Barbet in numbers: Heights

For the purpose of following a study, we‘ve collected the heights of 174 males including 103 active studs (from around 140 available) and the heights of 112 females including 42 already bred females. The better coverage of male heights is due to the fact that clubs tend to create “Stud Lists” while females are only for use by one breeder and their lists are not presented.

As a reminder, the current Barbet standard states that the height of males should be 58-65 cm and the height of females 53-61cm with tolerance of +/-1 cm.

Also note that we’ve used median values in our calculations, instead of mean values (which are also shown). Median may be simply understood as is the numerical value separating the higher half of a data sample, a population, or a probability distribution, from the lower half. Median also works better in the presence of outlier values than the mean.

The coverage of males (and studs) heights shows an anomaly. Females’ results generally fit into normal distribution pattern, however males’ results do not. There is a huge dropdown in the number of males with heights of 56 to 57 cm that is even more surprising, not just because that at 58 cm (next value) numbers are suddenly reaching highest levels overall, and on the other (second half) part of the chart it fits normal distribution pattern, and also because at 54 and 55 cm we can see higher values than at 56 and 57 cm. In fact this anomaly is not surprising at all, minimal height of male required by breed’s standard is 58 cm (with tolerance to 57cm). Two factors may play a role – first – a tendency by owners to add one or two centimeters to make a male fit the required standard or second – strict measuring the dogs which ends in eliminating those under 57 cm. However both factors may play a role, the peak of heights that starts at 54 cm continues to 55 cm and suddenly drops at 56 and 57 cm where the numbers of males are below normal distribution support the thesis that the first factor (adding centimeters) have much bigger impact than eliminating males due to their small heights, in that second case all numbers below 58 cm should be very low, not only bordering ones. The significance of that pattern is that in fact mnay more males than we will show next, are below the standard requirements.

The median height of studs is 58 cm and also 58 cm in general for males (mean values are 58,58 and 58,41 )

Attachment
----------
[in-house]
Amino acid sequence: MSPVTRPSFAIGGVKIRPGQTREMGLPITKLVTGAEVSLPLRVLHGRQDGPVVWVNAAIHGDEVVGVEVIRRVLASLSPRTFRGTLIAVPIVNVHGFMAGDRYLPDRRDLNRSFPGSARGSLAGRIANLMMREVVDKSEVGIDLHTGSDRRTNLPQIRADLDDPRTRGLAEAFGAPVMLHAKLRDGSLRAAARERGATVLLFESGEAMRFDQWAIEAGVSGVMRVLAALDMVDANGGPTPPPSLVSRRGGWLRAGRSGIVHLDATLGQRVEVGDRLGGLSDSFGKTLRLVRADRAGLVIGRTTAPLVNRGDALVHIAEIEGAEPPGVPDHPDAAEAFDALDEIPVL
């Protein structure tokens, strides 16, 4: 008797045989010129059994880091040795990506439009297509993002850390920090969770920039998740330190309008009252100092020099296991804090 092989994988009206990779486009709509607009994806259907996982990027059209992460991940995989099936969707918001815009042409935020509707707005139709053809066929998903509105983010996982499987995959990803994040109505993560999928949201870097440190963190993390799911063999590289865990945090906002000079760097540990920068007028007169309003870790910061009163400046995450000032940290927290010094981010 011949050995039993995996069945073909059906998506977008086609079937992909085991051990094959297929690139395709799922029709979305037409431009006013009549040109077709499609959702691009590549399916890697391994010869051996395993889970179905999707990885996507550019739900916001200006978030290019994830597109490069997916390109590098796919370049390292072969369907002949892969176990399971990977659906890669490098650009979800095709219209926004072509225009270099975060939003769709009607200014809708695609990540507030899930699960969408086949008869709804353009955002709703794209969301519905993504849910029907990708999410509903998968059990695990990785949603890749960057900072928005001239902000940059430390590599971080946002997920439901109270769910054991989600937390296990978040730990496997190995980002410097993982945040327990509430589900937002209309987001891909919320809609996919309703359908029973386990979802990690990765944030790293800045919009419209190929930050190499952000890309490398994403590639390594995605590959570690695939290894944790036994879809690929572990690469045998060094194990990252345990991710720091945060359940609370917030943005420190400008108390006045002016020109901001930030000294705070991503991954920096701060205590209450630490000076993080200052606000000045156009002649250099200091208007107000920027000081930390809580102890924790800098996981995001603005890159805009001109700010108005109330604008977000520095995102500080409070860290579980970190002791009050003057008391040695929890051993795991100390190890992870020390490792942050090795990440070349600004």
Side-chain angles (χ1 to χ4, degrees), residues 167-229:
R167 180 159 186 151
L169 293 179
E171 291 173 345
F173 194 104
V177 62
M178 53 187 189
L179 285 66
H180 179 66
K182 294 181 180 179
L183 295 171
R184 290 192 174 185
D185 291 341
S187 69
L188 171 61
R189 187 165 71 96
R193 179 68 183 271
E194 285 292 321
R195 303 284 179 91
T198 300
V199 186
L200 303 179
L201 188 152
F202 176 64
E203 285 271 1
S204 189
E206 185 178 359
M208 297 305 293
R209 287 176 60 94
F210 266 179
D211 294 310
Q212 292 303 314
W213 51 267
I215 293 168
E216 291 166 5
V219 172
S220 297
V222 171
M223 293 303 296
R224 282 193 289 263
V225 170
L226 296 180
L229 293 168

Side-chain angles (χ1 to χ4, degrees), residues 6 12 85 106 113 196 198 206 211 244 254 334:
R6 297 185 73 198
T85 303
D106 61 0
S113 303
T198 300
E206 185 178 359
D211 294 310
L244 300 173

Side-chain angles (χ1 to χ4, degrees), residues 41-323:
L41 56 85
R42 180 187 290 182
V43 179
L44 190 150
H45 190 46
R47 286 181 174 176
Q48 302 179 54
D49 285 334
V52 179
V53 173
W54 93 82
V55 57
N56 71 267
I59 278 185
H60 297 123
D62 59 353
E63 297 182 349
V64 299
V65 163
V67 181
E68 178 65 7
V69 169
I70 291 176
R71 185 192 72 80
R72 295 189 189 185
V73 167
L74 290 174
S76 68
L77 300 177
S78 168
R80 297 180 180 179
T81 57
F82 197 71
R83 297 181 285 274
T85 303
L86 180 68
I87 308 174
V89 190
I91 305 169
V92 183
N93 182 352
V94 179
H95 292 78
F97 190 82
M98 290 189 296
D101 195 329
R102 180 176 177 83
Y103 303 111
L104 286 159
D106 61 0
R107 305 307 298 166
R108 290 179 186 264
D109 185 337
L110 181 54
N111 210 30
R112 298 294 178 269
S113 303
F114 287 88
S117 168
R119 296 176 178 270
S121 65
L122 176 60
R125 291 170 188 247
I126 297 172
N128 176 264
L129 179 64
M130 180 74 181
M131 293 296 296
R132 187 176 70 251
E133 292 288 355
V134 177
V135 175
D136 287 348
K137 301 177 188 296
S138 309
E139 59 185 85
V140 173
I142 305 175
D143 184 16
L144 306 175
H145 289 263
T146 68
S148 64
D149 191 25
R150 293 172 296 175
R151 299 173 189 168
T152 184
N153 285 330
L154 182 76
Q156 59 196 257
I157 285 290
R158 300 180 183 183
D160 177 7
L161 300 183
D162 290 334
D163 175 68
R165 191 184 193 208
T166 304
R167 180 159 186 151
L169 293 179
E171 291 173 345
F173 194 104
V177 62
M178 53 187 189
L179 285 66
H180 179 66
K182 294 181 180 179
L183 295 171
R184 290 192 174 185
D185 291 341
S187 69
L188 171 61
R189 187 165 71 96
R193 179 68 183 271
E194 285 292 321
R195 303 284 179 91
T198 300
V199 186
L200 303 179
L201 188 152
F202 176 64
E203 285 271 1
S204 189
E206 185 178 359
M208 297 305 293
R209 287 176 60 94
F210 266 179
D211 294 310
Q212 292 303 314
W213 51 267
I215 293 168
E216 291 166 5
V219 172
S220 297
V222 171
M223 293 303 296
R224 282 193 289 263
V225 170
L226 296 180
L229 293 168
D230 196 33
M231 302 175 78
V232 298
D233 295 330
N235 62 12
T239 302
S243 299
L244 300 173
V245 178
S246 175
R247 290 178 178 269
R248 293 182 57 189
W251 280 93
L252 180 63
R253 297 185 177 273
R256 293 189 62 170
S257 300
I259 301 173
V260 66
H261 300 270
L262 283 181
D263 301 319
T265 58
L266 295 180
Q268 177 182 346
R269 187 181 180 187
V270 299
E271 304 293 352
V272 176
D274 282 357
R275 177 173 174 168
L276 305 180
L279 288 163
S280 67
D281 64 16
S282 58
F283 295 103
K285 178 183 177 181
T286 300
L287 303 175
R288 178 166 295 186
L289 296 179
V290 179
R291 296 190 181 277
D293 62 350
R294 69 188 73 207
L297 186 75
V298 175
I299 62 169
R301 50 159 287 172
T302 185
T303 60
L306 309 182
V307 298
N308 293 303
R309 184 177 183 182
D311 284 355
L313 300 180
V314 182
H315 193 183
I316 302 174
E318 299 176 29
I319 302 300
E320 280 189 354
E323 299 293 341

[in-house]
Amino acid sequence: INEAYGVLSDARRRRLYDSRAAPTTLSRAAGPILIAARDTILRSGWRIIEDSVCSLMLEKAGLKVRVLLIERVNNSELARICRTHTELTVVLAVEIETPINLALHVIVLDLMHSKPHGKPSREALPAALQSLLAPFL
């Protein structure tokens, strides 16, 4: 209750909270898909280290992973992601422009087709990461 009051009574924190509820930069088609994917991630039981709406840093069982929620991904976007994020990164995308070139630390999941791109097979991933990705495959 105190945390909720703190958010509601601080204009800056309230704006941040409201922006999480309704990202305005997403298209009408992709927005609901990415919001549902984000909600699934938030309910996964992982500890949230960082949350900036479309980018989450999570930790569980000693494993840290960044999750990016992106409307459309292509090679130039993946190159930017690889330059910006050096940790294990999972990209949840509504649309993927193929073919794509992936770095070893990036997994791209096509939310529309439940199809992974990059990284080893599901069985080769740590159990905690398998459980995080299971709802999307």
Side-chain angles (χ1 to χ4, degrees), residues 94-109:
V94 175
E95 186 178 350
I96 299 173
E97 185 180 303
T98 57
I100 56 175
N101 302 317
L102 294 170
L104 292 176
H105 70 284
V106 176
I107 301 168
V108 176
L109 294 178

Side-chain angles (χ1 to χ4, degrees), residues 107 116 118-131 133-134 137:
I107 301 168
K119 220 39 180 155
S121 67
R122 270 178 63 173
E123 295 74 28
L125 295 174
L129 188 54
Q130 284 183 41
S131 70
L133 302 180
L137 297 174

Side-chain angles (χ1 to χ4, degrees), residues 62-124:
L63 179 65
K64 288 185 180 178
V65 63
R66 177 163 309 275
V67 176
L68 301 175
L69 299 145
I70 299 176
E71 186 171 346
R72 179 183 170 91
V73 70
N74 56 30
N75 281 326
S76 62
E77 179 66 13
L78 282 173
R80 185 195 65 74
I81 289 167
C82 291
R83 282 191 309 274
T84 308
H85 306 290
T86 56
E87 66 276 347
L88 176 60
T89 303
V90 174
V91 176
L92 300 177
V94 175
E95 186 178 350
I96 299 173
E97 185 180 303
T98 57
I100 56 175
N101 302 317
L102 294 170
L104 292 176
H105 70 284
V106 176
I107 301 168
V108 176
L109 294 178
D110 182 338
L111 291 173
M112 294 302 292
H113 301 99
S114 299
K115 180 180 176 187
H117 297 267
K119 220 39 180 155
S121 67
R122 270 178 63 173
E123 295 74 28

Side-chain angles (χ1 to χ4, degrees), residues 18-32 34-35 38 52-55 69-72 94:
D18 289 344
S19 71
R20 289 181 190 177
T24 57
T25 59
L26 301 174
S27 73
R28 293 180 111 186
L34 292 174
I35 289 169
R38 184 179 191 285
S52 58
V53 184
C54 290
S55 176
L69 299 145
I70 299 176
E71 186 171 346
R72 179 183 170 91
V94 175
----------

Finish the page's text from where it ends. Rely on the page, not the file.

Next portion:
The median height of breeding females is 54 cm and also 53.37 cm in general for females. (mean values are 54.07 and 53.32 )

Chart above represents heights of females, current standard range of height is marked with red, optimal with green.

 

Chart above represents heights of males, current standard range of height is marked with red, optimal with green. The area of deviation from normal distribution pattern is under the red line, line itself shows supposed correct distribution of heights.

 

Conclusions:

  1. Median and also mean heights of both males and females are equal to the minimum heights required by standard.

  2. 55.1 % of males and 51.7 % of females are below the standard requirements or its minimum.

  3. However expected by statistical data (anomaly) and by breeding practices, there is a huge “hidden” population below the standard limits due to elimination of dogs from reproduction or “addition of the centimeters”.

  4. Mean predicted standard height of males is 61.5 cm (3cm-3.5 cm over current median/mean), and for females 57 cm (3cm-3.5 cm over current median/mean).

Current requirements for heights in the standard are completely out of reason. They were changed in 1999 to support influx of Poodles and other breeds into the Barbet. Previous standard from 1987 had only minimal height requirements set on 54 cm for males and 50 cm for females.

To cover as wide a population as possible with current range of accepted heights, the standard should be lowered at least by 3-3.5cm. Again due to the “hidden/eliminated” population it should be lowered even more. 54-61cm for males, 49-57 cm for females would cover the largest possible number of dogs. In fact it would be return to normality, with heights that were attributed to the breed for almost 100 years.

Current heights eliminate a huge portion of the breed’s population, without any particular reason. Lowering them will allow many more dogs to reproduce than it would eliminate. For example with keeping the tolerance -/+1 cm the proposed above values would cover 53 more dogs leaving 15 over the standard, even more beneficial effect it would have on females covering 23 more of them leaving only 3 over the maximum height 

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